Facebook can’t catch a break: Medical data-sharing plan halted
Facebook has been in contact with “several major US hospitals” as part of now-cancelled plans to combine patients’ anonymized information with Facebook’s own user data as part of a research project
“This work has not progressed past the planning phase, and we have not received, shared, or analyzed anyone’s data,” an unnamed Facebook spokesperson told CNBC.
“The medical industry has long understood that there are general health benefits to having a close-knit circle of family and friends,” Facebook added in a statement. “But deeper research into this link is needed to help medical professionals develop specific treatment and intervention plans that take social connection into account.”
The setup reportedly would have “obscured” any personal information but also sought to match individuals via hashed names located in both datasets.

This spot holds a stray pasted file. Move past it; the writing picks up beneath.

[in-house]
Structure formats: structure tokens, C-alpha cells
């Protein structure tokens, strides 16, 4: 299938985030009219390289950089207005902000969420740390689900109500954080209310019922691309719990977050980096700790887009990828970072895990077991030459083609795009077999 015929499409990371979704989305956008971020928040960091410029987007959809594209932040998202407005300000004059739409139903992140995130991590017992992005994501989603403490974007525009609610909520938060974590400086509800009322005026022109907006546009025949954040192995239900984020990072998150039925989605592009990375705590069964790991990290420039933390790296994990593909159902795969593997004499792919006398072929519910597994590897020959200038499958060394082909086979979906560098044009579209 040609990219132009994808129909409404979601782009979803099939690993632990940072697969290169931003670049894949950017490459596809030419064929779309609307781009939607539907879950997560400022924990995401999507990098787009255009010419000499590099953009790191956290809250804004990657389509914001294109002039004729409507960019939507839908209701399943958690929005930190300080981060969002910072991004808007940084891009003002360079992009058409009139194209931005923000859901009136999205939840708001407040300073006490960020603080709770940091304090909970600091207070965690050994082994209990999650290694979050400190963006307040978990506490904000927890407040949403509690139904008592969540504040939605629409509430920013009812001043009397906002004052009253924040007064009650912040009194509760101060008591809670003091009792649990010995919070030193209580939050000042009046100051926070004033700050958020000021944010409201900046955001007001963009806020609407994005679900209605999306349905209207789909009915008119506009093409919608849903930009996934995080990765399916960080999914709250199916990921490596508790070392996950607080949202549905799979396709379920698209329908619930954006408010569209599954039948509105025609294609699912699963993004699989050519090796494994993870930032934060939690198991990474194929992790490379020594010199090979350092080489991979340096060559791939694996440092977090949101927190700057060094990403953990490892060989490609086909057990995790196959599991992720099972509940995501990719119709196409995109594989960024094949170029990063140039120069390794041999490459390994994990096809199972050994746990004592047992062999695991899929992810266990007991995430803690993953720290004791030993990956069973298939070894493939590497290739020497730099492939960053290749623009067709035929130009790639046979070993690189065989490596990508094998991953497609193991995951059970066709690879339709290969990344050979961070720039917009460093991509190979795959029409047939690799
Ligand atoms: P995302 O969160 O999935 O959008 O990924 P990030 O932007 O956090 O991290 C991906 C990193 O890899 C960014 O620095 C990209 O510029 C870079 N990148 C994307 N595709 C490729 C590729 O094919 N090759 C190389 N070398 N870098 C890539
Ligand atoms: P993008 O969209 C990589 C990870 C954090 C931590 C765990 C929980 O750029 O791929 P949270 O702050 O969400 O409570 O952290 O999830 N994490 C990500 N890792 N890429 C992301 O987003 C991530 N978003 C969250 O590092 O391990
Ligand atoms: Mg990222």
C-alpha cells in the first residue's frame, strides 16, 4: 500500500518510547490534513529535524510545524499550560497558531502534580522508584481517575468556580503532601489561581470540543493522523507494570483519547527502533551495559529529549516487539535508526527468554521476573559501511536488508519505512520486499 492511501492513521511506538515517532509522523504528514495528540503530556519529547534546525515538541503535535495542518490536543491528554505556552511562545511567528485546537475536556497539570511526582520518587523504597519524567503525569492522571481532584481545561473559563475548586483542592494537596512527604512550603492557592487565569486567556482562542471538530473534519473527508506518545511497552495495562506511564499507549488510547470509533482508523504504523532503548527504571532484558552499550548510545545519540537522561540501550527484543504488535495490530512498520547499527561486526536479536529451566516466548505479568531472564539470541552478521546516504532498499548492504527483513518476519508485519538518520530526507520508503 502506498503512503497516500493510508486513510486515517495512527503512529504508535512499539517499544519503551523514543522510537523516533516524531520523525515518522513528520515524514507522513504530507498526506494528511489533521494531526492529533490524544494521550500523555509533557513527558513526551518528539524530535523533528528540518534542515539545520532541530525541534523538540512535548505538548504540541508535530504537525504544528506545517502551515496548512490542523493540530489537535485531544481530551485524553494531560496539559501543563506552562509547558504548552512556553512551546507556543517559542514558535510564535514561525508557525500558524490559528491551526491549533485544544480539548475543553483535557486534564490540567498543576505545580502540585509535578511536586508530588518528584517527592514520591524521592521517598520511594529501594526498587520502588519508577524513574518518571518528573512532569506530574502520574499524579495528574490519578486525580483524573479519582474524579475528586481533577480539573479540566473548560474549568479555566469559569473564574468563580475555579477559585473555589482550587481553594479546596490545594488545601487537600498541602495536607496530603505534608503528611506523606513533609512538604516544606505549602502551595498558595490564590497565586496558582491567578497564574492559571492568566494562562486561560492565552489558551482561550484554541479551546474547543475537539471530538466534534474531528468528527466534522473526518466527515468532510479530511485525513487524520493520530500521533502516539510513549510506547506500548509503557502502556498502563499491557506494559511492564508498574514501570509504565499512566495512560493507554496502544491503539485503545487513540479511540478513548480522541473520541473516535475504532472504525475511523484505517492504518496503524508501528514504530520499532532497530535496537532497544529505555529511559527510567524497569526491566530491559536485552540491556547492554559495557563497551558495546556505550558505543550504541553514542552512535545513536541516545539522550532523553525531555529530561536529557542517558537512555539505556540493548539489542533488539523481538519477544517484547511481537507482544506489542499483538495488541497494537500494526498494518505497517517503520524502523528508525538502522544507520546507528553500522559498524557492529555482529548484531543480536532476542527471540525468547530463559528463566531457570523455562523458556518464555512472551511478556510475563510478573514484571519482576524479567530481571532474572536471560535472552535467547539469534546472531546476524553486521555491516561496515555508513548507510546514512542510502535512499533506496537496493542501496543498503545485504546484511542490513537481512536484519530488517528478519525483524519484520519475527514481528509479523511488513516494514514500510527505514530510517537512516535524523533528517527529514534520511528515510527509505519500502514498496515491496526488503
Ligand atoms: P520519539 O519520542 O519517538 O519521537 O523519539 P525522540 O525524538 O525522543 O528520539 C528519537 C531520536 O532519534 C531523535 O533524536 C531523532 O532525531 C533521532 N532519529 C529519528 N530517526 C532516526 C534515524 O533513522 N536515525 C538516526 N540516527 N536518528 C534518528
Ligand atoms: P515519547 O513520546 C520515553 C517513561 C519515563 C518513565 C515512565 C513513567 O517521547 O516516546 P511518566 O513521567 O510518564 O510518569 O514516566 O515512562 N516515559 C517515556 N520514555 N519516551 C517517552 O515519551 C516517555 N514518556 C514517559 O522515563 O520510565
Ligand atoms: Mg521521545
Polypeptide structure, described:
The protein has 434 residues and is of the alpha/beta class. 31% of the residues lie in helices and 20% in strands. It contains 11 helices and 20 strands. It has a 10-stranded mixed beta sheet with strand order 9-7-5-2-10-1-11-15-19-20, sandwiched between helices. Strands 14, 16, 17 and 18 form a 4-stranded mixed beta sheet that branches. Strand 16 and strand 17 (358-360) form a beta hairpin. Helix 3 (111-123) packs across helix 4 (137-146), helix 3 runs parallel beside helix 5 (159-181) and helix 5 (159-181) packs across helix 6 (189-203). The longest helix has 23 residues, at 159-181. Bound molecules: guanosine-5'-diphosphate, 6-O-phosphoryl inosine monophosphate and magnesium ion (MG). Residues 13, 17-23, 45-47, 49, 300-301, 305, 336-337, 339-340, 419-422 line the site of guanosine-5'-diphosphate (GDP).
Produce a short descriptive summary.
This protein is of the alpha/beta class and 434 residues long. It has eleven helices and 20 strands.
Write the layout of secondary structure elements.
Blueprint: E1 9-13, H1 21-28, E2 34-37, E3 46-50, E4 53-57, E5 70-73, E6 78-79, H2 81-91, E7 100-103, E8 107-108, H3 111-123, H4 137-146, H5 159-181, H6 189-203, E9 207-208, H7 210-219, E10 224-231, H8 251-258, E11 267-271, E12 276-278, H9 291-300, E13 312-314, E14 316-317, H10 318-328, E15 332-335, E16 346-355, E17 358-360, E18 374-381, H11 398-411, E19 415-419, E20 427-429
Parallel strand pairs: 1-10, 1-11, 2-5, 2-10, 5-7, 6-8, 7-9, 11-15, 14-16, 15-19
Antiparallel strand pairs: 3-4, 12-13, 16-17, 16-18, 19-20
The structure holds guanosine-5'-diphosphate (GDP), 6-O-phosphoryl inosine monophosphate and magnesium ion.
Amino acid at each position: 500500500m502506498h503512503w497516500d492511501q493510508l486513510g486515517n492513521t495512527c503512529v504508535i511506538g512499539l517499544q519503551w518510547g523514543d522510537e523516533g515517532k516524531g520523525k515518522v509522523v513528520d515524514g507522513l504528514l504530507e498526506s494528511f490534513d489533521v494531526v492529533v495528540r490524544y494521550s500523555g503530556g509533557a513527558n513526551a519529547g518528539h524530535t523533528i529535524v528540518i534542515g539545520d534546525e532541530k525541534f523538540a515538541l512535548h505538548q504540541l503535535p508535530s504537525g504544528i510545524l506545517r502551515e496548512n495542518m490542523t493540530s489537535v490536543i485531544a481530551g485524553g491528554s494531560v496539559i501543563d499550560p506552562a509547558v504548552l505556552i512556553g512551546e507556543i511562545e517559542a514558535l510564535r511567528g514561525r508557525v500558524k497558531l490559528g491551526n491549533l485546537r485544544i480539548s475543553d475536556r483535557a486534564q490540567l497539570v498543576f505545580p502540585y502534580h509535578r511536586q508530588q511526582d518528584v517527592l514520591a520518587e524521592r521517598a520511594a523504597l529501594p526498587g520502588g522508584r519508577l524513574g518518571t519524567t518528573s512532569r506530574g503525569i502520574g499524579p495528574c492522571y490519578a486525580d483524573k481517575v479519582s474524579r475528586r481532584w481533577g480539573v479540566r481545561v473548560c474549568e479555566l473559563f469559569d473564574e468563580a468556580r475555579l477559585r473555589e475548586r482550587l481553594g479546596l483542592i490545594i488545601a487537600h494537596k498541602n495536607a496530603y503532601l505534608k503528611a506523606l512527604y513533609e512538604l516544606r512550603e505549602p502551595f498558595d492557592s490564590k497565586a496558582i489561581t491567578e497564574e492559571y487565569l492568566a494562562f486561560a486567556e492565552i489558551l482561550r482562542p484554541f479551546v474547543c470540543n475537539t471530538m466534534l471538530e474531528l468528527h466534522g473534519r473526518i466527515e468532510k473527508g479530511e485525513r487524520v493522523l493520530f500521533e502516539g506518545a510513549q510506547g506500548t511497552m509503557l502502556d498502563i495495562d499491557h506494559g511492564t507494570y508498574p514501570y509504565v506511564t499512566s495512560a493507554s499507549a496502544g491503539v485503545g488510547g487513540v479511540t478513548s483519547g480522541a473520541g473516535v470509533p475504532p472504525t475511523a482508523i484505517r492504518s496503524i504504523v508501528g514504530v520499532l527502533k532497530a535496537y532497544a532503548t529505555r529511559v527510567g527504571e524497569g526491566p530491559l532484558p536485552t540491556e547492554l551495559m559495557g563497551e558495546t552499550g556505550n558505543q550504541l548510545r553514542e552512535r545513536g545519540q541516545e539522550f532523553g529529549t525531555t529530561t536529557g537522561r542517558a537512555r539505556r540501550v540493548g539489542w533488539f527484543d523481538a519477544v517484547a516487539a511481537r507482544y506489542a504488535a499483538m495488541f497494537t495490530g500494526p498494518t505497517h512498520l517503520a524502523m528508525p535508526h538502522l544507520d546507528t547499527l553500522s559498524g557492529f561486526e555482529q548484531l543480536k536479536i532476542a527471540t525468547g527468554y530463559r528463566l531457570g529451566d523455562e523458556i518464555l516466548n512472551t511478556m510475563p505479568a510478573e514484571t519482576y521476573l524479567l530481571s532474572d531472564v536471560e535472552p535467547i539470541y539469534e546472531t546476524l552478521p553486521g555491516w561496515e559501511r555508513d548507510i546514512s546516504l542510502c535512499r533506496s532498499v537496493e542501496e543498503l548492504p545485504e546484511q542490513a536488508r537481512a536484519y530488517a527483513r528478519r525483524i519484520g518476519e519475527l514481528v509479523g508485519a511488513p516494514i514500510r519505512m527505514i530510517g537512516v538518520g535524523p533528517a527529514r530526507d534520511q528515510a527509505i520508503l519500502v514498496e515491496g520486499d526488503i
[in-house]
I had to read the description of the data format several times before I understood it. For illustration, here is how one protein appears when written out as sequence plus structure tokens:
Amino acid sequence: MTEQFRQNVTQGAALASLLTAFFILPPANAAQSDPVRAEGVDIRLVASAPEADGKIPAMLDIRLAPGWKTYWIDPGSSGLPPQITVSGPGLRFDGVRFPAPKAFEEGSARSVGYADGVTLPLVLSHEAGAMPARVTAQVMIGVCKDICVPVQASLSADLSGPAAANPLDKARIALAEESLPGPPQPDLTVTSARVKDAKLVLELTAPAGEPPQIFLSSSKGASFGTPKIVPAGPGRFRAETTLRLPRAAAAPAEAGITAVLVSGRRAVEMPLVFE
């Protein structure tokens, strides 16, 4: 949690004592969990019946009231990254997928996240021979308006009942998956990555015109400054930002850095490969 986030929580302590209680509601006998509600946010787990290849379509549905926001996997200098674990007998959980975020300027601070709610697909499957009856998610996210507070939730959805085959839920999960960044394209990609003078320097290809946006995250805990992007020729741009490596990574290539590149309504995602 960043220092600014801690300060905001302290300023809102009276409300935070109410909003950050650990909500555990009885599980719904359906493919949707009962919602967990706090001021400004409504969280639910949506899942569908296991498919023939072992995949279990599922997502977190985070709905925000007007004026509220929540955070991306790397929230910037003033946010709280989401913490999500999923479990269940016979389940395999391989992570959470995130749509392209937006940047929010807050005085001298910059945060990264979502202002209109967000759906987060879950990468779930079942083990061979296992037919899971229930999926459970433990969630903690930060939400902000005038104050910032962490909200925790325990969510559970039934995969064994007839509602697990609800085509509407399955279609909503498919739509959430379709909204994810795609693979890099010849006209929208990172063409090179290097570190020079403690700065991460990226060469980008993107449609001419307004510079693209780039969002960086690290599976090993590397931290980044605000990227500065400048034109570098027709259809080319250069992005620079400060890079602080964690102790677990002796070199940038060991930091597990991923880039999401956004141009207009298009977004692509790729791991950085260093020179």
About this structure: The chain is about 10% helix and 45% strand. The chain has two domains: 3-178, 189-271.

The plan, which was to be headed by Freddy Abnousi, an “interventional cardiologist,” was designed to figure out whether this “combined information could improve patient care.”
Previously, Dr. Abnousi was involved in a “hear-through-your-skin” project, according to Business Insider.
He works in Facebook’s “Building 8,” which the company describes as and internal division designed to “create and ship new, category-defining consumer hardware products that are social first.”
The revelation came the same day that Sheryl Sandberg, a top Facebook executive, echoed CEO Mark Zuckerberg’s comments Wednesday that the company had made “mistakes” in the wake of allowing Cambridge Analytica to access as much data as it did.
“When Cambridge Analytica first happened, it was a mistake for Mark and me not to speak out earlier and faster,” she told the Financial Times. “We wanted to make sure we knew exactly what happened [before we spoke].”
Facebook did not immediately respond to Ars’ request for comment.